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Alexey Navalny Loses appeal Against jail term, Fined for Slander

Against jail term

Kremlin critic Alexei Navalny has lost his appeal against what he said was a politically motivated decision to jail him for nearly three years, and was found guilty of slander and fined in a separate case.

The double legal defeat had been anticipated by his supporters, who believe the Kremlin sees the 44-year-old opposition politician as a threat, a notion the Kremlin laughs off. It paves the way for Navalny to be moved from a Moscow jail to a prison camp outside the capital.

Navalny, in a speech to the court that referenced the Bible and Harry Potter, said his faith in God and belief in the rightness of his cause was sustaining him.

“Our country is built on injustice. But tens of millions of people want the truth. And sooner or later they’ll get it,” he said on Saturday, saying he had no regrets about returning to Russia and that “strength was in truth”.

Navalny, President Vladimir Putin’s most prominent critic, returned to Russia last month from Germany, where he had been recovering from a near-fatal poisoning in Siberia in August with what many Western nations said was a nerve agent.

He was jailed earlier this month for parole violations he said were trumped up. Western countries have condemned the case and are discussing possible sanctions on Russia.

Judge Dmitry Balashov rejected Navalny’s appeal against the February 2 ruling, which turned a 2014 suspended sentence on embezzlement charges into real jail time.

The judge decided to count six weeks Navalny was under house arrest as part of the time served, so he will now be imprisoned for just more than two-and-a-half years in a penal colony.

Navalny responded sarcastically to the ruling. “They’ve reduced the sentence by 1-1/2 months. Great!” he said from a courtroom glass cage.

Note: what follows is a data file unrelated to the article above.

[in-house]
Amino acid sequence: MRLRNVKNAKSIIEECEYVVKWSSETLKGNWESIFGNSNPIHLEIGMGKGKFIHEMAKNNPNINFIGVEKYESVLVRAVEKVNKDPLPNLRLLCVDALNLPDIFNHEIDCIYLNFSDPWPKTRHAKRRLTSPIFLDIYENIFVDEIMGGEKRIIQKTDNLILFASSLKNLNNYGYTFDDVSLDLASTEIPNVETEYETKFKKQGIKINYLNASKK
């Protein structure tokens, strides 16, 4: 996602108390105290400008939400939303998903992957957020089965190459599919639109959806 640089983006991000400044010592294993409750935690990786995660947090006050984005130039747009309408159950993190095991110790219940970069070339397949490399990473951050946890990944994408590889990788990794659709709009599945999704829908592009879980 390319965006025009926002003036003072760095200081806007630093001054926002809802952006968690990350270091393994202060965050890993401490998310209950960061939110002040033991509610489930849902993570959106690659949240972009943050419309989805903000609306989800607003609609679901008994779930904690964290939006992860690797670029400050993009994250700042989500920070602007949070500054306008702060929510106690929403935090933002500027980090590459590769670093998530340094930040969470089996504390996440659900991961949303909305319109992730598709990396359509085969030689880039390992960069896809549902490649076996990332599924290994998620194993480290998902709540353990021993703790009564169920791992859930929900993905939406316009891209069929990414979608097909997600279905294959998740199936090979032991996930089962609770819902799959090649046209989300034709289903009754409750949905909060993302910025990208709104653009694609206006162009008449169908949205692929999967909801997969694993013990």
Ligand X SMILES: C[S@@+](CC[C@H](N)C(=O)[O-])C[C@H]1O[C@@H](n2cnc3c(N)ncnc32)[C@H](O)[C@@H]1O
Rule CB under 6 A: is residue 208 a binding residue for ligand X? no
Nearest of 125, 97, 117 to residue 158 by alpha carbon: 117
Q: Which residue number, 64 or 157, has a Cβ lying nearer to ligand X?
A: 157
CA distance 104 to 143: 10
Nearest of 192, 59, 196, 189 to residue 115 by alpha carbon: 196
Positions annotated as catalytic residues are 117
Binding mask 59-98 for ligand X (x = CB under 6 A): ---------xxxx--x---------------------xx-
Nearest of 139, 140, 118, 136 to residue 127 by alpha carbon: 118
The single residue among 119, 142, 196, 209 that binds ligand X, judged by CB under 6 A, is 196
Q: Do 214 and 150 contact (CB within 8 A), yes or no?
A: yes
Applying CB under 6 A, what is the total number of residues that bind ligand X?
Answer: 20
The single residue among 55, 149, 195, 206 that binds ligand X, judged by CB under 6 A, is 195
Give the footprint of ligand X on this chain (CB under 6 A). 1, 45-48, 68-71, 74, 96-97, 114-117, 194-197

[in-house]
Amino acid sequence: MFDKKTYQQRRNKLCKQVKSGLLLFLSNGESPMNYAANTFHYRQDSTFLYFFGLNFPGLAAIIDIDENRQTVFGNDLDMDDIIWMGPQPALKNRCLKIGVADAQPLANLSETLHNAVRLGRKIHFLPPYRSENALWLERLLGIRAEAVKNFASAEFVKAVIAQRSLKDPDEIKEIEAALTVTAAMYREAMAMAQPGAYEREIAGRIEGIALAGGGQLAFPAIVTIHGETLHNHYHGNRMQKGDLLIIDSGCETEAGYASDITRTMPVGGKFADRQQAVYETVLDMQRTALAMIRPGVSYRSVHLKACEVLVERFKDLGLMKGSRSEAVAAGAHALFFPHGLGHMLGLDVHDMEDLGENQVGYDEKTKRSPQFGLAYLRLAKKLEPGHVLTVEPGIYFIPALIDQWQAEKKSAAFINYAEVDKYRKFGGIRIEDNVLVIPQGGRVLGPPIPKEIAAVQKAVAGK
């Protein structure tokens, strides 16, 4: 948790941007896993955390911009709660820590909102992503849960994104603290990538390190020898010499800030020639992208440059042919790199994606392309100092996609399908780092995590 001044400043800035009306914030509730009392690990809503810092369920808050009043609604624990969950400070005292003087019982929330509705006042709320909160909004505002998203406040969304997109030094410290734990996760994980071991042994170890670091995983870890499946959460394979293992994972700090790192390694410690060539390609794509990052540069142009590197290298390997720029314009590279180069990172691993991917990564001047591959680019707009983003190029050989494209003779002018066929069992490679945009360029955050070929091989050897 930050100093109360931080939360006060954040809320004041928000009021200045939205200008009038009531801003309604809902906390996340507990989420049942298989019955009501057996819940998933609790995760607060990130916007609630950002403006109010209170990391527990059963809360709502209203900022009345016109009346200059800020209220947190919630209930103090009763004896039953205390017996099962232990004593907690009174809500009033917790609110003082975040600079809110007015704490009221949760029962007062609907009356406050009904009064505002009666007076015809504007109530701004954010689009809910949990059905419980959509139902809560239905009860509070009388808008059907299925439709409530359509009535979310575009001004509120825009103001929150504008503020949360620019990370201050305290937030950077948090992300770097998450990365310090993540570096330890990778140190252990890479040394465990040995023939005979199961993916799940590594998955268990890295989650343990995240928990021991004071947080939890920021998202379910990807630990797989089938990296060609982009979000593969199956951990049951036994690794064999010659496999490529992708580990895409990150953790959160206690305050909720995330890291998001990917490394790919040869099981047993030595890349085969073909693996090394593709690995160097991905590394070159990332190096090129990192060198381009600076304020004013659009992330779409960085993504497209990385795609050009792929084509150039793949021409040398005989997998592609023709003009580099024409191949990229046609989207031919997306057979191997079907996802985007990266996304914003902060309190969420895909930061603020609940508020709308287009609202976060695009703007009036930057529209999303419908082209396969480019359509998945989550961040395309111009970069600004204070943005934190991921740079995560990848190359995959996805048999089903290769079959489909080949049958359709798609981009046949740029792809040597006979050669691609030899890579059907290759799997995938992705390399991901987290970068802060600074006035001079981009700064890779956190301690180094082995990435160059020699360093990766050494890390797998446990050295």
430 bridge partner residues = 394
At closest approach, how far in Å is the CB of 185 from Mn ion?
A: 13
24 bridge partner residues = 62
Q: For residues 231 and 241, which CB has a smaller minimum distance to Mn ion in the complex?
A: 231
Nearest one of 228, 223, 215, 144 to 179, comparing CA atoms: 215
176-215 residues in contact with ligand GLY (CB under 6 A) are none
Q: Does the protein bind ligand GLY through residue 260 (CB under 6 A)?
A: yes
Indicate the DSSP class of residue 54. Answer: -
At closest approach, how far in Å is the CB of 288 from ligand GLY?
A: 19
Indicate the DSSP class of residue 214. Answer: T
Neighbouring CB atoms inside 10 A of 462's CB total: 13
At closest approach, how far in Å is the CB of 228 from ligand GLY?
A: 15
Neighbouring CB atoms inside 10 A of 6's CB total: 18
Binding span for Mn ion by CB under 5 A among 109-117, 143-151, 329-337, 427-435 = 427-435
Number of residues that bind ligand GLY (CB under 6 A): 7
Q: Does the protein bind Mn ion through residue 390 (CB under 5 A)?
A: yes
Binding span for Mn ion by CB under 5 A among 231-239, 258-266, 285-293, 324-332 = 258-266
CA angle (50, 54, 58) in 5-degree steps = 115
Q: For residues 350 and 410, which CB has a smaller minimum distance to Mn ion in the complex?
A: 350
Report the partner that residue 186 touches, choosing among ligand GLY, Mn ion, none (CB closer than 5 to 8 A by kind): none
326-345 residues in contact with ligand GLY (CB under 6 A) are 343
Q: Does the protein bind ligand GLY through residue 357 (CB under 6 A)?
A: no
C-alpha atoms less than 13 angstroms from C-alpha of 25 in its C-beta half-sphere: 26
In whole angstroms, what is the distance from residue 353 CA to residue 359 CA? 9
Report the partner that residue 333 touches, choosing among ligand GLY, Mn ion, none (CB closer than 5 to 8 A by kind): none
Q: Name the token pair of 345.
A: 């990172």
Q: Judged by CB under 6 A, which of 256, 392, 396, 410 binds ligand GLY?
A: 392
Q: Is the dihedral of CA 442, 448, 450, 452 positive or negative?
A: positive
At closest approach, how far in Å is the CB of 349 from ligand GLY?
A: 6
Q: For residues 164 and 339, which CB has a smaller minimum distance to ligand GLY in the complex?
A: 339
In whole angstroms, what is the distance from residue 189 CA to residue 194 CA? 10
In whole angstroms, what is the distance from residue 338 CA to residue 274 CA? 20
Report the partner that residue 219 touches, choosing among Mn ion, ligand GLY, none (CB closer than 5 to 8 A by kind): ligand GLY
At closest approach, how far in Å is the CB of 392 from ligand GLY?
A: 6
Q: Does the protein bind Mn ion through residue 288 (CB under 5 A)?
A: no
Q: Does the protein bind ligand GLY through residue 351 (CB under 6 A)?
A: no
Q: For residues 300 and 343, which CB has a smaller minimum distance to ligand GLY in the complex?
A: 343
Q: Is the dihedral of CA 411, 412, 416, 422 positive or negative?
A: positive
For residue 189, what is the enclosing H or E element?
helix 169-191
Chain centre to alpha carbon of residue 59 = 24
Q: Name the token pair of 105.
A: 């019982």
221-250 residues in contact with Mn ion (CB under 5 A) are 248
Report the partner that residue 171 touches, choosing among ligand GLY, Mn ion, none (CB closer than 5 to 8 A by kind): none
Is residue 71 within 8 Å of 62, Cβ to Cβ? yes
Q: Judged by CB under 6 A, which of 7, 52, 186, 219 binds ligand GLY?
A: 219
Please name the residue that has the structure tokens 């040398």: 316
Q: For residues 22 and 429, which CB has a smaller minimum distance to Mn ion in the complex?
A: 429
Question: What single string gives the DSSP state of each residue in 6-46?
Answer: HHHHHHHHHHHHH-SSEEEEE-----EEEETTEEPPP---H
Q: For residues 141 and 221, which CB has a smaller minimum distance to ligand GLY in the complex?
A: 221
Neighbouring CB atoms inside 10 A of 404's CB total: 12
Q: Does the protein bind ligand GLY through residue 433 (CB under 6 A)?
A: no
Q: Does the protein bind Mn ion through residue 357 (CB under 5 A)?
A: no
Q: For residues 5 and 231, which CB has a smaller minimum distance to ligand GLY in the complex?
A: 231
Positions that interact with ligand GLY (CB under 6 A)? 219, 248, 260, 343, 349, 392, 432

Navalny’s allies reacted with anger.

“The court decision to keep Alexei in jail says only one thing. There is no law in Russia right now,” staff at Navalny’s Anti-Corruption Foundation, who investigate alleged official corruption, wrote on Twitter.

Navalny had earlier told the judge he was not guilty of parole violations as a previous court had found.

The ruling came even as the country faced a top European rights court’s order to immediately free the Kremlin’s most prominent foe. The Russian government has rebuffed the European Court of Human Rights’ (ECHR) demand to free Navalny immediately, describing its ruling on Tuesday as unlawful and “inadmissible” meddling in Russia’s affairs.

Slander conviction
Later on Saturday, Navalny appeared in another court for a separate case and was ordered to pay a fine for calling a World War II veteran a “traitor” after he appeared in a pro-Kremlin video.

Navalny was convicted of slander and ordered to pay a fine 850,000 rubles ($11,400). Navalny has rejected the slander charges and described them as part of official efforts to disparage him.

Navalny’s arrest and imprisonment have fuelled a huge wave of protests across Russia. Authorities responded with a sweeping crackdown, detaining about 11,000 people, many of whom were fined or given jail terms ranging from seven to 15 days.

Russia has rejected Western criticism of Navalny’s arrest and the crackdown on demonstrations as meddling in its internal affairs.

In Tuesday’s ruling, the ECHR ordered the Russian government to release Navalny, citing “the nature and extent of risk to the applicant’s life”. The Strasbourg-based court noted Navalny has contested Russian authorities’ argument that they had taken sufficient measures to safeguard his life and wellbeing in custody following the nerve agent attack.

In the past, Moscow has abided by the ECHR’s rulings awarding compensation to Russian citizens who have contested verdicts in Russian courts, but it never faced a demand by the European court to set a convict free.

In a sign of its long-held annoyance with the Strasbourg court’s verdicts, Russia last year adopted a constitutional amendment declaring the priority of national legislation over international law. Russian authorities might now use that provision to reject the ECHR’s ruling.

 

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